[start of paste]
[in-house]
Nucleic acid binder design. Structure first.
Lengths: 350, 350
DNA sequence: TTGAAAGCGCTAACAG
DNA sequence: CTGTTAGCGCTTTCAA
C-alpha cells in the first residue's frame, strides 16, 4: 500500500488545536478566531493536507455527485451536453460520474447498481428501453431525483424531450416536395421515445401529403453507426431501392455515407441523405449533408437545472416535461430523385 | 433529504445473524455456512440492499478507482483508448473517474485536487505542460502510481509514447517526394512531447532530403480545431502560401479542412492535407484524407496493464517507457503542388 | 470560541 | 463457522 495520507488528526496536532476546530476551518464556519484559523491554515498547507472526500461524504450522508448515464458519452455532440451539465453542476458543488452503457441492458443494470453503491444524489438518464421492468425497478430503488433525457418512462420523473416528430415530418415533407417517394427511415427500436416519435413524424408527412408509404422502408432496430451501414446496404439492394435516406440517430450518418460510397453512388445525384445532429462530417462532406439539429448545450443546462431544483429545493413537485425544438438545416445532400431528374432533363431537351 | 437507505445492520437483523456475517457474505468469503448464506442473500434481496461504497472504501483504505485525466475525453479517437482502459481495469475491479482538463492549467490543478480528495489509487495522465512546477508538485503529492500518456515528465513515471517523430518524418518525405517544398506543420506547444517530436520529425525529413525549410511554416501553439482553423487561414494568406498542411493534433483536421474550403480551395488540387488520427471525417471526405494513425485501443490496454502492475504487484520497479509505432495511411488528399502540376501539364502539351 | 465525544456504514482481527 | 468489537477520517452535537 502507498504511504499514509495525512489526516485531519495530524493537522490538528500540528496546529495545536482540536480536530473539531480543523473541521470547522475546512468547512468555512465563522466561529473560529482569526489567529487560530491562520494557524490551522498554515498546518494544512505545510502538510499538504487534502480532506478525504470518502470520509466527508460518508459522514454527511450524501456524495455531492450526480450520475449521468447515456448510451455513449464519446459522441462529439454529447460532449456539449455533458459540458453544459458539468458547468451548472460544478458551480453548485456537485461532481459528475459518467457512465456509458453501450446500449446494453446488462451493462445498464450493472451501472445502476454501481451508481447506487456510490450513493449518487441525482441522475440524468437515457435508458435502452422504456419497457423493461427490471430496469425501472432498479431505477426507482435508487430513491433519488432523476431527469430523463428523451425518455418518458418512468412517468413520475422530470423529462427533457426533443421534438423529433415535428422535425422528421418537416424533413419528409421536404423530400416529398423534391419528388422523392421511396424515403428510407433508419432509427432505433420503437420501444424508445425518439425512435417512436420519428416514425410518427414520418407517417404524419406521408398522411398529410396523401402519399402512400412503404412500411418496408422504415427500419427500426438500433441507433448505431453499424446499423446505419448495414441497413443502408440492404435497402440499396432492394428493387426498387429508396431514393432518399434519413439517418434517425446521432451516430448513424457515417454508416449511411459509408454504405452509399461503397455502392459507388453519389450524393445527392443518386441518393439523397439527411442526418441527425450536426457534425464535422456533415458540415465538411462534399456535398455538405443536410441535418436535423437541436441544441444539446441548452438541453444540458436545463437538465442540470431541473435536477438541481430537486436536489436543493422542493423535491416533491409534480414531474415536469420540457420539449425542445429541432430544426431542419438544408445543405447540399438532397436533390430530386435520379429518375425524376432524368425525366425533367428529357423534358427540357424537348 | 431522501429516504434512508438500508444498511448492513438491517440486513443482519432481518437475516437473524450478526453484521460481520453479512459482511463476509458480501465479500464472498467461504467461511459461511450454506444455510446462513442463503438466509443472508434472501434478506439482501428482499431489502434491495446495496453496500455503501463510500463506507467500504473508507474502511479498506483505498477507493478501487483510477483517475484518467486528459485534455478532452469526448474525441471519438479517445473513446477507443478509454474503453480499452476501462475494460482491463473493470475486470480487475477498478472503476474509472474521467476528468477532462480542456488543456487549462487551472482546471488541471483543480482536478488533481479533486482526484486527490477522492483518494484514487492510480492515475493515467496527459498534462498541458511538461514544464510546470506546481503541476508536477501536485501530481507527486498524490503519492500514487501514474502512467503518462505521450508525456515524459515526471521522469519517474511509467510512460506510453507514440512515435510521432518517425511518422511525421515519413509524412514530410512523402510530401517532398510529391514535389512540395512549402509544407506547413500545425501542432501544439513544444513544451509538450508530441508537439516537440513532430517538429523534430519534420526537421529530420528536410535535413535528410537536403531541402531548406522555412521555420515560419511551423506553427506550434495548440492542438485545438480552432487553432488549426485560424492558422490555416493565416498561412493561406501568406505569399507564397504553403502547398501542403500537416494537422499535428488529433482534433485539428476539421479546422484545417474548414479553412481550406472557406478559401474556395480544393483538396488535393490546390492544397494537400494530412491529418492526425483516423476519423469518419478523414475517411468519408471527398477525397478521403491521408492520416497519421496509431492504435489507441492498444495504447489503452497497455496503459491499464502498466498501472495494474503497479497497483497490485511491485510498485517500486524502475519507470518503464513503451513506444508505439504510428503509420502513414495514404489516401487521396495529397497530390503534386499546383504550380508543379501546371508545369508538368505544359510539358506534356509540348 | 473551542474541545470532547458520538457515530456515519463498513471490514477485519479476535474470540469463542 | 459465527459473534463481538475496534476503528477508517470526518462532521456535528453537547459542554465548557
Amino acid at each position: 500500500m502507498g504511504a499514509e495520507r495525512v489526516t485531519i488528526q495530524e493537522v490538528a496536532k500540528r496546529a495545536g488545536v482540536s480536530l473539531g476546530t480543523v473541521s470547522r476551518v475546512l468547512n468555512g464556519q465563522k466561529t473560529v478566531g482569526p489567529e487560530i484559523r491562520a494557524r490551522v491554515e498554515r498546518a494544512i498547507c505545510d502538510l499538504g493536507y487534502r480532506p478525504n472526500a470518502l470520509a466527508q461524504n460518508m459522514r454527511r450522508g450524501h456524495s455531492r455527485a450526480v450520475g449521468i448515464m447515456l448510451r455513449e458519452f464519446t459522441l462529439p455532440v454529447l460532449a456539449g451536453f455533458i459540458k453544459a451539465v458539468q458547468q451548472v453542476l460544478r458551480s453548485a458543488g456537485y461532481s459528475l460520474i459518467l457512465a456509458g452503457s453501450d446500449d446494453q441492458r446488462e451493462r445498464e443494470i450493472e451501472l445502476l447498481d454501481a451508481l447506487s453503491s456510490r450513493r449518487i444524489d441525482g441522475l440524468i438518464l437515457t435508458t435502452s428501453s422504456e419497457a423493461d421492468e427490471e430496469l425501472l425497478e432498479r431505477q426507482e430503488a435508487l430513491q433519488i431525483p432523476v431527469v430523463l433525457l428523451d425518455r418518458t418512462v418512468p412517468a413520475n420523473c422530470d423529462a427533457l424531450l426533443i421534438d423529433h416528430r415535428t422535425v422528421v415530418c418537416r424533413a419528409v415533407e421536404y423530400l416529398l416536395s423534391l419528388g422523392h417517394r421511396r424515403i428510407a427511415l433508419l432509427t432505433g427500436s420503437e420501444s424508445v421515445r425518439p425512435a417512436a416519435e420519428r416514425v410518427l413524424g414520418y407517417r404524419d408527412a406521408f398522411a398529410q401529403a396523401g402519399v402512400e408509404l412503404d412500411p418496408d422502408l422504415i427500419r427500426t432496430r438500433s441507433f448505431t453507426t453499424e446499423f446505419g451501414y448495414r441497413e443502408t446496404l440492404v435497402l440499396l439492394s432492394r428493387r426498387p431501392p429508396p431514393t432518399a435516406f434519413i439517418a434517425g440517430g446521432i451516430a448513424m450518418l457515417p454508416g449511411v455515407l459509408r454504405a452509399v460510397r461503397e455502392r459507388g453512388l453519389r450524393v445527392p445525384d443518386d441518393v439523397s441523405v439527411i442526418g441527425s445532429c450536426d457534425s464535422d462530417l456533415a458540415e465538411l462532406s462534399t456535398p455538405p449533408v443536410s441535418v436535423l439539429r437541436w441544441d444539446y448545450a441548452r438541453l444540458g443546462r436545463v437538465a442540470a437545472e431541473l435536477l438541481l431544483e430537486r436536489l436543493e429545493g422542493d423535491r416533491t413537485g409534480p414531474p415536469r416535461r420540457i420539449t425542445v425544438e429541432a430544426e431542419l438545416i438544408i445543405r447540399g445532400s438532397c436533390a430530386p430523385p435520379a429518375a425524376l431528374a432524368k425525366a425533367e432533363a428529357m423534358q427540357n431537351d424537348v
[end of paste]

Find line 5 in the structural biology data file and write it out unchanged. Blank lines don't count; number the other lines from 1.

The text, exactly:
DNA sequence: CTGTTAGCGCTTTCAA